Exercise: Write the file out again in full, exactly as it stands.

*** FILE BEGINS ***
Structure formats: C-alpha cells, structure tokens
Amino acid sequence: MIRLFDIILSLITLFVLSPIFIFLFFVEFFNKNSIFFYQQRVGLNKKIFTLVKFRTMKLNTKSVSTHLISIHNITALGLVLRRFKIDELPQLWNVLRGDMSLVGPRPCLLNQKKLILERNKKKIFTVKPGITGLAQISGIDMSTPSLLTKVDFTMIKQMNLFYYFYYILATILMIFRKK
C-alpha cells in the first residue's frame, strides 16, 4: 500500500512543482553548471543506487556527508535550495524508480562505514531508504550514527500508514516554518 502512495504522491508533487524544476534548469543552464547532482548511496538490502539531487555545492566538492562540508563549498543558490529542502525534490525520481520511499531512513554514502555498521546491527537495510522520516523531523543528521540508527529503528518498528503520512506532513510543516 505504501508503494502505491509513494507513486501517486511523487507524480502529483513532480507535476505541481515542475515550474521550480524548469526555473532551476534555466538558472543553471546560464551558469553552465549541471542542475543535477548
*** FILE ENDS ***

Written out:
Structure formats: C-alpha cells, structure tokens
Amino acid sequence: MIRLFDIILSLITLFVLSPIFIFLFFVEFFNKNSIFFYQQRVGLNKKIFTLVKFRTMKLNTKSVSTHLISIHNITALGLVLRRFKIDELPQLWNVLRGDMSLVGPRPCLLNQKKLILERNKKKIFTVKPGITGLAQISGIDMSTPSLLTKVDFTMIKQMNLFYYFYYILATILMIFRKK
C-alpha cells in the first residue's frame, strides 16, 4: 500500500512543482553548471543506487556527508535550495524508480562505514531508504550514527500508514516554518 502512495504522491508533487524544476534548469543552464547532482548511496538490502539531487555545492566538492562540508563549498543558490529542502525534490525520481520511499531512513554514502555498521546491527537495510522520516523531523543528521540508527529503528518498528503520512506532513510543516 505504501508503494502505491509513494507513486501517486511523487507524480502529483513532480507535476505541481515542475515550474521550480524548469526555473532551476534555466538558472543553471546560464551558469553552465549541471542542475543535477548